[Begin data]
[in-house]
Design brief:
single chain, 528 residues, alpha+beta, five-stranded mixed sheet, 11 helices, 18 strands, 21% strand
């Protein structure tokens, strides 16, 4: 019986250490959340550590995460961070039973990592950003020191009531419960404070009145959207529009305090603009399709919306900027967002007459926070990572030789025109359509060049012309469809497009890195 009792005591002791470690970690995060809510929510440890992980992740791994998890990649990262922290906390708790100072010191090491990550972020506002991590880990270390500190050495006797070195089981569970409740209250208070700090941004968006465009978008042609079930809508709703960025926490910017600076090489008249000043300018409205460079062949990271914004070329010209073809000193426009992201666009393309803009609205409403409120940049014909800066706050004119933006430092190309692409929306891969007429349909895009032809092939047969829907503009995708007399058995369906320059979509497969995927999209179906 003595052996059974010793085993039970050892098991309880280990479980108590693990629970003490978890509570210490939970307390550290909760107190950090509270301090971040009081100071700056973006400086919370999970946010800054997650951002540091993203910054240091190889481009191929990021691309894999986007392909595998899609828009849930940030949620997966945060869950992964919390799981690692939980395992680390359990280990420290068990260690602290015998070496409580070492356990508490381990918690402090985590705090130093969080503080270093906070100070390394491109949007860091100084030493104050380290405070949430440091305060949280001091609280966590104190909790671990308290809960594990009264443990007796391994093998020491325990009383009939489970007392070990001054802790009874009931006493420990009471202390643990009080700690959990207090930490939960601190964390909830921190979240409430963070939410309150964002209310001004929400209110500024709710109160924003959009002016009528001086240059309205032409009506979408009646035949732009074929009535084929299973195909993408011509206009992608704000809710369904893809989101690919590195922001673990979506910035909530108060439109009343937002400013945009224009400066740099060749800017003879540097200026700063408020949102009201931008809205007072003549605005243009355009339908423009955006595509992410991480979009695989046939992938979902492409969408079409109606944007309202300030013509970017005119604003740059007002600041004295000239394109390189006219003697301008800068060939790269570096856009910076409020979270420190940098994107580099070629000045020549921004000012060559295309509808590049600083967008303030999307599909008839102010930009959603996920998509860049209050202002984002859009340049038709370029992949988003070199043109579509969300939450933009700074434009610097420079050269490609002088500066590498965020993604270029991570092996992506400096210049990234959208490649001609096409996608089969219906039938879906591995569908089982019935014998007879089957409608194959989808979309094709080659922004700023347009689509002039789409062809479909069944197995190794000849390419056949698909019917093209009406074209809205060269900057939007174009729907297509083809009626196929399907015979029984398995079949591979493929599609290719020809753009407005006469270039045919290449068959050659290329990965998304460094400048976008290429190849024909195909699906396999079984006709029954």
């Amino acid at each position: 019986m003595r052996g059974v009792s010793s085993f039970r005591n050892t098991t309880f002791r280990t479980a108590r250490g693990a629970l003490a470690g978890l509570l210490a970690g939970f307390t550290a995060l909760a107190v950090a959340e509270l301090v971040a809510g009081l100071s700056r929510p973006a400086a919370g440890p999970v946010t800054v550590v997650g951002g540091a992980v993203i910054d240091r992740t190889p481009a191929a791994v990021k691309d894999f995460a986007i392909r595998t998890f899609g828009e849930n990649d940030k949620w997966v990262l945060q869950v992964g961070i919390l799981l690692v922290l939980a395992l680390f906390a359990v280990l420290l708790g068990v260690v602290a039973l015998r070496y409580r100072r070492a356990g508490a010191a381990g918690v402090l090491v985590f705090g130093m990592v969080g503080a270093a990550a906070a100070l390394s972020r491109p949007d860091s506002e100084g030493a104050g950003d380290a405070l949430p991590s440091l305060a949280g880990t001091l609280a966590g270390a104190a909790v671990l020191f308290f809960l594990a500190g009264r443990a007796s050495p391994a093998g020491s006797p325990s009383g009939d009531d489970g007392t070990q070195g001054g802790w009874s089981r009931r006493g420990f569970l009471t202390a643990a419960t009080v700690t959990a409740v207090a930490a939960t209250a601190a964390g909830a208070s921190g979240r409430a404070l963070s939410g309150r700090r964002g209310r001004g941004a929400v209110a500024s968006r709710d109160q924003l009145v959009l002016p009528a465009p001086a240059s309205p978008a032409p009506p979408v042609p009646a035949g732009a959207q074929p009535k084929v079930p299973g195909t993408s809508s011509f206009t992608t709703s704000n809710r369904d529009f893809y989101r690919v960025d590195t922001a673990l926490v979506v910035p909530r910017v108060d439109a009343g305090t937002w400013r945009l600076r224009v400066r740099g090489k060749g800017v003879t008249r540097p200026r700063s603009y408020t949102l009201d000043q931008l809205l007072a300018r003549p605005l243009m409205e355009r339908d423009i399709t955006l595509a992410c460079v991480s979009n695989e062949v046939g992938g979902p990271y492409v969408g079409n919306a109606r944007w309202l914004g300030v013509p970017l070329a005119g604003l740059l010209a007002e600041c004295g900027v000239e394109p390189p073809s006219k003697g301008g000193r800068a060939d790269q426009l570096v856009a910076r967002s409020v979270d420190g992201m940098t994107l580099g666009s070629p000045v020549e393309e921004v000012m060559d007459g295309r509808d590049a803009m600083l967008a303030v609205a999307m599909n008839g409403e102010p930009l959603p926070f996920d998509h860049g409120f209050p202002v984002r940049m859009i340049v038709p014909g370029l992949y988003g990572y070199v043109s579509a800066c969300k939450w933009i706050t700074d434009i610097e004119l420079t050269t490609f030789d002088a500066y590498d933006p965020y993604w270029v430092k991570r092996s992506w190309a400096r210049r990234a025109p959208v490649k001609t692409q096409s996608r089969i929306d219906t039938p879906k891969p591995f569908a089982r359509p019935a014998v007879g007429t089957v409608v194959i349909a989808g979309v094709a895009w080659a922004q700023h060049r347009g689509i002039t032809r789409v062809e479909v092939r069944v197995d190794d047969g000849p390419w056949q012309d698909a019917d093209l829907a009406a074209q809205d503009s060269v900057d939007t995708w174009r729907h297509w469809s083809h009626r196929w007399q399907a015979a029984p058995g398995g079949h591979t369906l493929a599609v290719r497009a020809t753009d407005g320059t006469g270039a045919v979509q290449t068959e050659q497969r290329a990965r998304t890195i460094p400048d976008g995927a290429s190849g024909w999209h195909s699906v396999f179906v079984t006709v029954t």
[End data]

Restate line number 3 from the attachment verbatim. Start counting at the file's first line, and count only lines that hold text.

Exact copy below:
single chain, 528 residues, alpha+beta, five-stranded mixed sheet, 11 helices, 18 strands, 21% strand